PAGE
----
Questions about how English has changed.

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67 views

Why does U sound like W in words like “penguin”?

A semivowel is a vowel that acts like a consonant (including only W and Y and yet U sounds like W sound in words such as penguin, sanguine, but not in guide. Can anyone tell me why?
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0answers
55 views

Why does the use of language change so much over time? [closed]

In our day and age we text and use different language than people in the past. Why do we change so much to adapt a new style of language?
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0answers
11 views

What is the origin of the progressive [duplicate]

What is the origin of the progressive form of the english verbs
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2answers
334 views

When did beast become a verb?

In recent times, people have started using the word beast as a verb (i.e., beast it, you've got to beast harder). Is there any information about when this trend started and how it came about?
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3answers
125 views

Does etymology have a word like cladistics?

A recent question on EL&U about a current hip-hop expression led my research into a meme that is evolving faster than drosophila. This expression and its variants have gone viral on internet ...
3
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3answers
207 views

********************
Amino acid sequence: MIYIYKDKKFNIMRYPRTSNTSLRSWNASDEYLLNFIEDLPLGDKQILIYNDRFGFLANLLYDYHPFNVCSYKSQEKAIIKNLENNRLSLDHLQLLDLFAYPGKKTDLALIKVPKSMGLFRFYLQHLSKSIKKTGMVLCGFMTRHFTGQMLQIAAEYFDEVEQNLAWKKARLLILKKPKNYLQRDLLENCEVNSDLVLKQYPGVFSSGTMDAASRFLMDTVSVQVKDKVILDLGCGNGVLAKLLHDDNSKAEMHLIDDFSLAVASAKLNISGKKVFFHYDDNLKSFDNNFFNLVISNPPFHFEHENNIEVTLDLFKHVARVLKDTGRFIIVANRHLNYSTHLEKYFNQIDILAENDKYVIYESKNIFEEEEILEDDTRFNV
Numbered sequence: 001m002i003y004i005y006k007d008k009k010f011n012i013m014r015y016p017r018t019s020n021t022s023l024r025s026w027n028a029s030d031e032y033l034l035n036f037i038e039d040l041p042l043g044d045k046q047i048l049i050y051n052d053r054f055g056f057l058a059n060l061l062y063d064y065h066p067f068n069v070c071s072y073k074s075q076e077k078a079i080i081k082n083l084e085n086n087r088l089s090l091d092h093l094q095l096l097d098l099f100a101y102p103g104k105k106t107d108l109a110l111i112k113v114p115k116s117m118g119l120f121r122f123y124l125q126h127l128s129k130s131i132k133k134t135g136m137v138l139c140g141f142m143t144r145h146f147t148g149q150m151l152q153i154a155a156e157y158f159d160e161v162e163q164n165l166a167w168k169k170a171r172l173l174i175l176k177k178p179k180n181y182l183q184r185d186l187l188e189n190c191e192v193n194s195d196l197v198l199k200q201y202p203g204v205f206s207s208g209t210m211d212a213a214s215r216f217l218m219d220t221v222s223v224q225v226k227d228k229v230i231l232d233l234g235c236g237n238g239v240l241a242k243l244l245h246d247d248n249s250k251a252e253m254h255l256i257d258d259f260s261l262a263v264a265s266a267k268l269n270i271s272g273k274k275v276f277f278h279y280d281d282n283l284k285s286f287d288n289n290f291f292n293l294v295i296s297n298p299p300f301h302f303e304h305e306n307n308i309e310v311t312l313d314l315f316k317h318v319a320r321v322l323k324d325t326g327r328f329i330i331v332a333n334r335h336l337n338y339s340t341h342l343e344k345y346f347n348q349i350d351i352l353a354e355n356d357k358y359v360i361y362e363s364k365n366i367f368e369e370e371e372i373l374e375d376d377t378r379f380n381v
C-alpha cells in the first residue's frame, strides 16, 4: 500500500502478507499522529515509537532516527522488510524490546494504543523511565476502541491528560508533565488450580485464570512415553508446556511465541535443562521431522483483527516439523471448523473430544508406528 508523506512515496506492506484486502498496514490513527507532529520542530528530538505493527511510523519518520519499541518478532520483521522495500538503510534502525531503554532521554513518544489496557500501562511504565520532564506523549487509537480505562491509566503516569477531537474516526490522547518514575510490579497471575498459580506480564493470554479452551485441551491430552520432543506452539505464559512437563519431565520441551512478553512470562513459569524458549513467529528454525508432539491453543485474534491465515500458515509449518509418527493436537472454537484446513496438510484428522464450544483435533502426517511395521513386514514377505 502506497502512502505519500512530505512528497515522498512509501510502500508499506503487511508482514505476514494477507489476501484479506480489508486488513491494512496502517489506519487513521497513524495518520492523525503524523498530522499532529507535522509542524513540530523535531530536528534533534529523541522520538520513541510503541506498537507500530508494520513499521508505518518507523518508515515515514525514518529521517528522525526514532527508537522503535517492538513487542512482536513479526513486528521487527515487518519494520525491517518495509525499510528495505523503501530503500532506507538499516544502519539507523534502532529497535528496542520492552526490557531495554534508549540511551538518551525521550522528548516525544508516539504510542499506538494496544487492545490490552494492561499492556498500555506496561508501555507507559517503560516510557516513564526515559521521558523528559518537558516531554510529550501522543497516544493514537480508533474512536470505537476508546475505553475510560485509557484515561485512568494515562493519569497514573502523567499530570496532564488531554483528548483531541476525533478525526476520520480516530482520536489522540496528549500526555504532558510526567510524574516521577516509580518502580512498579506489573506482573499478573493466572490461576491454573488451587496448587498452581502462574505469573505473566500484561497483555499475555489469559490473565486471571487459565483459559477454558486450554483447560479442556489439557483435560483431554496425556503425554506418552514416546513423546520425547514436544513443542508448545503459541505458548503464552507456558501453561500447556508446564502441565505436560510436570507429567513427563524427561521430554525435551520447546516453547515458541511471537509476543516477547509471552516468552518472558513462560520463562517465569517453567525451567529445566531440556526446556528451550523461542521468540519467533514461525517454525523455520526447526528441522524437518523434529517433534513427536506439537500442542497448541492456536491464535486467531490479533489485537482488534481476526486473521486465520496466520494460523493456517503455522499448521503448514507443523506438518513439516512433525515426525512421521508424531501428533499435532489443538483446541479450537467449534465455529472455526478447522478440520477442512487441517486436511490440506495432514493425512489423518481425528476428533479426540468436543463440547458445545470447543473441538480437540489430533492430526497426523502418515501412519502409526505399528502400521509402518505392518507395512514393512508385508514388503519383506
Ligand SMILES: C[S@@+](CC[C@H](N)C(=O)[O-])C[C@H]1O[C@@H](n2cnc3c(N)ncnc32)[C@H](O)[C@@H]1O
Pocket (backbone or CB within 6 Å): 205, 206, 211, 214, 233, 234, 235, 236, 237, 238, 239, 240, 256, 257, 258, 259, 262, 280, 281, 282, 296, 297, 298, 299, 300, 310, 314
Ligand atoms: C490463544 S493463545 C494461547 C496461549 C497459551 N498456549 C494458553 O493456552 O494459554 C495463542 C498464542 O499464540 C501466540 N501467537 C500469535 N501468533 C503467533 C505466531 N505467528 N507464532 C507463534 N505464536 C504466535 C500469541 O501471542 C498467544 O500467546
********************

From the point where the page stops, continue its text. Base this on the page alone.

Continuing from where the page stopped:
Etymology of English “Achoo” relative to other sneezing onomatopoeiae

So I was recently curious about the sound that people sneeze with in other languages and was surprised to notice the difference between the English onomatopoetic word "Achoo" and that of other ...
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3answers
164 views

Criteria used to determine if a “Chinese inch” is an “inch”?

This is a follow-on question to "Term for construct in which adjective completely changes the meaning of its following noun?" Is a "Chinese inch" an "inch" or something entirely different in which ...
4
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4answers
425 views

What does “cyber-” actually mean?

I'm heading into the postgraduate phase of my Computer Science-oriented studies, and I can't put my finger on what this root means. According to Etymology Online it comes from Cybernetics, which in ...
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1answer
174 views

The origin word “English”? Language that dominated the beginning of English existence? [closed]

I've read so many questions in ELL on the origin of English words. But I've never found the origin of the word English itself. I'm also curious about the history of English as a language. I mean, in ...
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3answers
326 views

When did 'venereal disease' become STI?

Why is it that the term venereal disease has been dropped in favour of sexually transmitted infection, or 'STI' for short? The change seemed to date from the advent of AIDS. Was it that the word ...
4
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1answer
86 views

Has language begun to converge in the age of mass media?

I understand that this question may be perceived as a bit broad for this site, but I've decided to post it anyway. I figured that with the number of linguists, linguaphiles, and all-around language ...
3
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2answers
235 views

Is “because-noun” a new preposition?

There are a handful of articles suggesting that a new preposition has appeared in the form of "because-noun": The Atlantic Stan Carey Grammar Girl Isn't "Because (of)... whatever" a causitive? ...
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1answer
67 views

When did the distinction between the spoken and written English grammars became recognized?

It is generally accepted today that the grammars and vocabularies of the spoken and the written English differ in important ways. Is it known when this distinction between the English grammars become ...